I worked on a project to create a dashboard that funneled and prioritized changes that needed to be communicated to the Branch offices. This required me to connect with Branch Development associates and create an illustrative way to champion change and gain buy in throughout the various stages of transformation. Some of the steps that I took to complete this project were to assess the current tools and resources being utilized to look for any overlapping work and confirm consistency in reporting methods. I also looked at the intended audience of each resource developed to communicate change to ensure that the context was easy to understand, and the right amount of information was presented to help leaders across the division see and support change. My project was challenging and rewarding to build recommendations that would equip leaders to share and measure the impact of upcoming and ongoing change.

On the last day of my internship, I was excited to receive an offer to return to the firm post-graduation as an associate in their Accelerated Leadership Program (ALP). The internship experience was a great achievement because it paved the way for what I believe will be an incredible career in the near future. I completed the internship remotely which came with its own challenges to build connections, establish credibility, and seek mentorship from leaders within the firm. I pushed past all obstacles to make the most of the 10-week internship and I built relationships that have only grown stronger over the last six months. The leaders and associates that I connected with over the summer have not left my side and have continued to invest in my MBA experience and do everything within their power to make sure that I have a great transition back into full-time work. Receiving an offer from Edward Jones was life-changing for myself and my family and it was a reminder that resilience and tenacity pays off when you are determined to win. Not only did I return to school for my MBA, but I came with the mindset to select an internship with a company that valued my performance, and curiosity to learn and excel. I am very proud to say that I accomplished both and I look forward to joining the firm in a full-time capacity.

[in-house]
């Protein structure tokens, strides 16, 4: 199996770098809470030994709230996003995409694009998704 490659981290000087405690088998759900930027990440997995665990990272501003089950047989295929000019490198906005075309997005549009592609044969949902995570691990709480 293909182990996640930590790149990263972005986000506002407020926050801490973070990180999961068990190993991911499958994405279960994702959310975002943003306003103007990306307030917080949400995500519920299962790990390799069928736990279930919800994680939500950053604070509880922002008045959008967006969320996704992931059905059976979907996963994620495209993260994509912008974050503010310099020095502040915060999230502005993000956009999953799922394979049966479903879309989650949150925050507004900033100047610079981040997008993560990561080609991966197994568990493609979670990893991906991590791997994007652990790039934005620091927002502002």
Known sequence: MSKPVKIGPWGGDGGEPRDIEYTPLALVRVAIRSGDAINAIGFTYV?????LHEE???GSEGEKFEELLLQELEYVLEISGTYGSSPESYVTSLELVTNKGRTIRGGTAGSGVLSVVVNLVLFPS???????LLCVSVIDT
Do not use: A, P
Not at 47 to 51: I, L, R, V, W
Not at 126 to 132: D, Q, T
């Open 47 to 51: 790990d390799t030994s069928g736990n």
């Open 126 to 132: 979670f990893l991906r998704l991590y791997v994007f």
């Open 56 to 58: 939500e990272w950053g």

Why did you choose this business school? I sought a Human Resource program that would combine industry-focused curriculum aligned with the Society for Human Resource Management. There are so many soft skills, such as adaptability, work ethic, and problem-solving skills, that are needed in the workplace; I felt that this was the best program to help me strategically better understand how to impact the bottom line through effectively influencing an organization’s culture, human capital, and morale. I was happy to see that this program has such a strong alumni network and prominent connections with top employers that have hired Wisconsin School of Business graduates. The Wisconsin School of Business and the Strategic Human Resources Management program are ranked high; many of the faculty are expert researchers and textbook authors, and the small program size made this an easy decision. Merging business strategy with high impact elements of people management made this program perfect.

Who was your favorite MBA professor? My favorite MBA professor would be Hart Posen. He taught our Business Strategy course. Throughout this course, Hart gave us permission to think differently while considering the bigger picture of every strategic decision that a business or business leaders make. We were required to conduct SWOT (strengths, weaknesses, opportunities, and threats) analysis, review case studies, articulate our thoughts on business decisions using Porter’s Five Forces, and consider all innovative approaches from analytical frameworks for creating sustainable competitive advantage.

Hart’s class was engaging, and he made it a point to make us answer the question “why” in terms of our belief or answers to ideas we opposed. This course was important because we were taught to look at competition, performance, stakeholder analyses, and the logic behind corporation business strategies. I am also particularly thankful for Hart because of his stance on embracing the need for diversity and his knack for creating empowering environments for learning. “DEI is not only a moral imperative but also a business imperative. I ask students to consider the conditions under which DEI can be a source of competitive advantage” states Hart. He is my favorite MBA professor because of his dedication to teaching us to think independently and for his stance on diversity being a non-negotiable ingredient in a favorable or superior business position.